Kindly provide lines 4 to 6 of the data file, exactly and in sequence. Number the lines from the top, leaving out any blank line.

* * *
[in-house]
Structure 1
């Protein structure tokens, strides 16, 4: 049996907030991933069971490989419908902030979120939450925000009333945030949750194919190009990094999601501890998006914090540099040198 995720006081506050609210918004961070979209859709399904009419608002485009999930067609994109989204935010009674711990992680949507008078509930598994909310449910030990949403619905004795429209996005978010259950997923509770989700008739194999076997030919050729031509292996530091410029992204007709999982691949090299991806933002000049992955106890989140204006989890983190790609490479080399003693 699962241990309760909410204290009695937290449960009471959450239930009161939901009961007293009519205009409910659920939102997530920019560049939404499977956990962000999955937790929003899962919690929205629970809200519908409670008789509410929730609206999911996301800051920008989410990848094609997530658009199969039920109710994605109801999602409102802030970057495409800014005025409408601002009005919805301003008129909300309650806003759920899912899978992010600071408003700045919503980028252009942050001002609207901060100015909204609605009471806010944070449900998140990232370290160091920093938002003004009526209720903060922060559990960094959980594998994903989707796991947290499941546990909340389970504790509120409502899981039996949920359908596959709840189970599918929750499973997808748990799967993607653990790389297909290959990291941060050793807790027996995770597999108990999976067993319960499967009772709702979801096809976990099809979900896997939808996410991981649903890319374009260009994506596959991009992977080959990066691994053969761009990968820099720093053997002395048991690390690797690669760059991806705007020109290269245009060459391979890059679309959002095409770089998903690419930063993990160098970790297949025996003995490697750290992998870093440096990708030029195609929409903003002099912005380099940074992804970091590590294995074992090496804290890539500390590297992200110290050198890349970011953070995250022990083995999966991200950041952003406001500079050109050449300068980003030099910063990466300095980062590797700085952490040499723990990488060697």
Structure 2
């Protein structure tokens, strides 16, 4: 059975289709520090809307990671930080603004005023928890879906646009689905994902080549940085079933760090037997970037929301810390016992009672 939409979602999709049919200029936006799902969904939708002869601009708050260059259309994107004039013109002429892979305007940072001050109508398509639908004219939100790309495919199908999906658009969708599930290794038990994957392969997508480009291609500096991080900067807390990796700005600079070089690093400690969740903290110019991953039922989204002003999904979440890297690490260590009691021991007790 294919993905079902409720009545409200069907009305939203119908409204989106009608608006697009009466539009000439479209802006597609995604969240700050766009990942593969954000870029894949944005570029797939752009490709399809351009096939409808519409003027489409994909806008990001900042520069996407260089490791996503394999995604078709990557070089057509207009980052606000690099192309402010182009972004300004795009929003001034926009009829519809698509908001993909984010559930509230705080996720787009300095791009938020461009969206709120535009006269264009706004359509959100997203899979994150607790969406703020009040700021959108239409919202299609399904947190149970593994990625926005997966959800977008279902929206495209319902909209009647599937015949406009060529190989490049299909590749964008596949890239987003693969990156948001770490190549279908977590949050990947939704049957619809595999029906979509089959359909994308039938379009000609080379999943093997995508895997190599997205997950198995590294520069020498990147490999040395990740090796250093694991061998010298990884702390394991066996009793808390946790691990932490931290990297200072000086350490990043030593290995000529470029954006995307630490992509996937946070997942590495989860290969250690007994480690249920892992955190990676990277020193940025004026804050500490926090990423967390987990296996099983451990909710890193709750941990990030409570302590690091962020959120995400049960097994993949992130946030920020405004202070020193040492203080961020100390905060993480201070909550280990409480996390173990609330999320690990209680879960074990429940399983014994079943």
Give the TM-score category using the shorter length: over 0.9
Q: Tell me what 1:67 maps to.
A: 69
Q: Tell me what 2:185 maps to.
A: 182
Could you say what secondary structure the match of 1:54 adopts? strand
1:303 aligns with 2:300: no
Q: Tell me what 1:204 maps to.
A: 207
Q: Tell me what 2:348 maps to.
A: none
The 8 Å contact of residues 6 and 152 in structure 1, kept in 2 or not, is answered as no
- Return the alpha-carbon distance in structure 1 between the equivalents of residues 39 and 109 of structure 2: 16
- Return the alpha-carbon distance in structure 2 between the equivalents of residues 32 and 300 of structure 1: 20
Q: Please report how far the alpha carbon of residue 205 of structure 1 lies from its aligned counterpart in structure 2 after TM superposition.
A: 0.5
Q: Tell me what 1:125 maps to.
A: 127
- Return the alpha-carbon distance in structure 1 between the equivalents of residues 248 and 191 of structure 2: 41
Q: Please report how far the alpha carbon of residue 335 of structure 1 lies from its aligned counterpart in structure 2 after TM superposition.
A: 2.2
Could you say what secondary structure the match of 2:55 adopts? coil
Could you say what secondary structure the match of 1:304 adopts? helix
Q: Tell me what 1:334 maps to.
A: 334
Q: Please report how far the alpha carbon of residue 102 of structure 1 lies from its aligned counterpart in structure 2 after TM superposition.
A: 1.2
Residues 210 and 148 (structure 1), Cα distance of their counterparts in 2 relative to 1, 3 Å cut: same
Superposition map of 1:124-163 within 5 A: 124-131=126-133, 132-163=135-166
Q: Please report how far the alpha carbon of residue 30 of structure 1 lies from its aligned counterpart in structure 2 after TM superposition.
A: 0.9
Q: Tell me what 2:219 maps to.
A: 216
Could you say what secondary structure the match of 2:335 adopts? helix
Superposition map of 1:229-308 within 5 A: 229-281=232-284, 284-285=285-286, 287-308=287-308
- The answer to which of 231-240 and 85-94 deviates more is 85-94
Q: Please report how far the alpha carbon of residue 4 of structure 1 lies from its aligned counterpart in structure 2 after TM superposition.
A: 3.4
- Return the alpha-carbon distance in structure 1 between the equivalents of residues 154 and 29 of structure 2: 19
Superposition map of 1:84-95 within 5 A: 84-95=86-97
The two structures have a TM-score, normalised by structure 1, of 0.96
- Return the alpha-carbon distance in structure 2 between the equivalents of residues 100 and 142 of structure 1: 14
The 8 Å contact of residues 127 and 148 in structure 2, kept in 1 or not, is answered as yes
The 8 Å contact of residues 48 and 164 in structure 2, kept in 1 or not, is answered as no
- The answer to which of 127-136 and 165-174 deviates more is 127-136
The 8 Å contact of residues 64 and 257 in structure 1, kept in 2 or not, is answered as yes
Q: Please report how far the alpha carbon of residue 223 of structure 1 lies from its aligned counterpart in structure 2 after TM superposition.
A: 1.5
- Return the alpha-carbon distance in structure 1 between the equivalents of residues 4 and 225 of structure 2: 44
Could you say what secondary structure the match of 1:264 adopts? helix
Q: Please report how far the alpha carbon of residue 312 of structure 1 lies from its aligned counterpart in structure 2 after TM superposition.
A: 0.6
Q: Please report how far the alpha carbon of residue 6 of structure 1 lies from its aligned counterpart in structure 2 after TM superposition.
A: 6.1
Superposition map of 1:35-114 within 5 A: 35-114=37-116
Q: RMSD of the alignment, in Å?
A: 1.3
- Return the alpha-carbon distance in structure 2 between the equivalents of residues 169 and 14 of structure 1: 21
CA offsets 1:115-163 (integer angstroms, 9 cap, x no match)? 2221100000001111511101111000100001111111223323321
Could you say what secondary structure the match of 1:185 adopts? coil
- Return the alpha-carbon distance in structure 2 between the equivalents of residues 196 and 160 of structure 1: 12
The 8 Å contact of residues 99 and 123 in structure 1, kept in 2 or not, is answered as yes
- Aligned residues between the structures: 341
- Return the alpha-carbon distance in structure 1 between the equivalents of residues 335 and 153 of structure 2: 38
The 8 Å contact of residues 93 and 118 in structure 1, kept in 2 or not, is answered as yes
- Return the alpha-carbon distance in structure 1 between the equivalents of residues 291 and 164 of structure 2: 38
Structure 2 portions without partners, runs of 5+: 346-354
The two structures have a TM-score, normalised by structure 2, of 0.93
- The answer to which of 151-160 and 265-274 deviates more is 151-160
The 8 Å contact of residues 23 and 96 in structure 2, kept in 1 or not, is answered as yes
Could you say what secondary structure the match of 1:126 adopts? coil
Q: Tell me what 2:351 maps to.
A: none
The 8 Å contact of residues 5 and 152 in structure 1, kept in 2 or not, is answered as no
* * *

Structure 2
């Protein structure tokens, strides 16, 4: 059975289709520090809307990671930080603004005023928890879906646009689905994902080549940085079933760090037997970037929301810390016992009672 939409979602999709049919200029936006799902969904939708002869601009708050260059259309994107004039013109002429892979305007940072001050109508398509639908004219939100790309495919199908999906658009969708599930290794038990994957392969997508480009291609500096991080900067807390990796700005600079070089690093400690969740903290110019991953039922989204002003999904979440890297690490260590009691021991007790 294919993905079902409720009545409200069907009305939203119908409204989106009608608006697009009466539009000439479209802006597609995604969240700050766009990942593969954000870029894949944005570029797939752009490709399809351009096939409808519409003027489409994909806008990001900042520069996407260089490791996503394999995604078709990557070089057509207009980052606000690099192309402010182009972004300004795009929003001034926009009829519809698509908001993909984010559930509230705080996720787009300095791009938020461009969206709120535009006269264009706004359509959100997203899979994150607790969406703020009040700021959108239409919202299609399904947190149970593994990625926005997966959800977008279902929206495209319902909209009647599937015949406009060529190989490049299909590749964008596949890239987003693969990156948001770490190549279908977590949050990947939704049957619809595999029906979509089959359909994308039938379009000609080379999943093997995508895997190599997205997950198995590294520069020498990147490999040395990740090796250093694991061998010298990884702390394991066996009793808390946790691990932490931290990297200072000086350490990043030593290995000529470029954006995307630490992509996937946070997942590495989860290969250690007994480690249920892992955190990676990277020193940025004026804050500490926090990423967390987990296996099983451990909710890193709750941990990030409570302590690091962020959120995400049960097994993949992130946030920020405004202070020193040492203080961020100390905060993480201070909550280990409480996390173990609330999320690990209680879960074990429940399983014994079943």
Give the TM-score category using the shorter length: over 0.9